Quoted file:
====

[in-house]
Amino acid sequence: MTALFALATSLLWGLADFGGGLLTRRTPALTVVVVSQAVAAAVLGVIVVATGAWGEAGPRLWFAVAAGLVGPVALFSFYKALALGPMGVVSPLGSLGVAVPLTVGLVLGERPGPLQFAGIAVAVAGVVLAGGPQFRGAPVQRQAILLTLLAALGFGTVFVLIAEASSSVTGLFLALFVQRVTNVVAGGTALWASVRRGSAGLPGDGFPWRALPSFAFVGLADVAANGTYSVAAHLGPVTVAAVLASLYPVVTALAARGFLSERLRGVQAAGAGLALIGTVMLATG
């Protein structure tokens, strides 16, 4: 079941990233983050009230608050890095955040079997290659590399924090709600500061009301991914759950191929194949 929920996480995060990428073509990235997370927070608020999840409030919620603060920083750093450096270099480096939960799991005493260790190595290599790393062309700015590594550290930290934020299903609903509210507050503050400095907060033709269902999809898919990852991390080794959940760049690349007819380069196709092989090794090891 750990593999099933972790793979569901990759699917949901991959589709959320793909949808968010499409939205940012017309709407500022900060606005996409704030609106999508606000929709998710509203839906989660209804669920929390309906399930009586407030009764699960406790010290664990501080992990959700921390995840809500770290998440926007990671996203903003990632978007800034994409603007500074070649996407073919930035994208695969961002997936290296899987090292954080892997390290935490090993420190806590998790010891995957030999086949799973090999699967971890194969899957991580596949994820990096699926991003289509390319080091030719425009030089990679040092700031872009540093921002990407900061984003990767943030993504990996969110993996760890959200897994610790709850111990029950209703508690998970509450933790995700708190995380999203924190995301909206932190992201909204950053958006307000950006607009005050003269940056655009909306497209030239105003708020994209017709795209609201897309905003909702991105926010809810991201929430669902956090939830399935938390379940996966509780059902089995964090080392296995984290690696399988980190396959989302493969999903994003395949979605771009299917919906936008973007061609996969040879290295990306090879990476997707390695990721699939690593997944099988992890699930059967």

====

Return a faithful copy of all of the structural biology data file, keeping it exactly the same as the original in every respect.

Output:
[in-house]
Amino acid sequence: MTALFALATSLLWGLADFGGGLLTRRTPALTVVVVSQAVAAAVLGVIVVATGAWGEAGPRLWFAVAAGLVGPVALFSFYKALALGPMGVVSPLGSLGVAVPLTVGLVLGERPGPLQFAGIAVAVAGVVLAGGPQFRGAPVQRQAILLTLLAALGFGTVFVLIAEASSSVTGLFLALFVQRVTNVVAGGTALWASVRRGSAGLPGDGFPWRALPSFAFVGLADVAANGTYSVAAHLGPVTVAAVLASLYPVVTALAARGFLSERLRGVQAAGAGLALIGTVMLATG
């Protein structure tokens, strides 16, 4: 079941990233983050009230608050890095955040079997290659590399924090709600500061009301991914759950191929194949 929920996480995060990428073509990235997370927070608020999840409030919620603060920083750093450096270099480096939960799991005493260790190595290599790393062309700015590594550290930290934020299903609903509210507050503050400095907060033709269902999809898919990852991390080794959940760049690349007819380069196709092989090794090891 750990593999099933972790793979569901990759699917949901991959589709959320793909949808968010499409939205940012017309709407500022900060606005996409704030609106999508606000929709998710509203839906989660209804669920929390309906399930009586407030009764699960406790010290664990501080992990959700921390995840809500770290998440926007990671996203903003990632978007800034994409603007500074070649996407073919930035994208695969961002997936290296899987090292954080892997390290935490090993420190806590998790010891995957030999086949799973090999699967971890194969899957991580596949994820990096699926991003289509390319080091030719425009030089990679040092700031872009540093921002990407900061984003990767943030993504990996969110993996760890959200897994610790709850111990029950209703508690998970509450933790995700708190995380999203924190995301909206932190992201909204950053958006307000950006607009005050003269940056655009909306497209030239105003708020994209017709795209609201897309905003909702991105926010809810991201929430669902956090939830399935938390379940996966509780059902089995964090080392296995984290690696399988980190396959989302493969999903994003395949979605771009299917919906936008973007061609996969040879290295990306090879990476997707390695990721699939690593997944099988992890699930059967």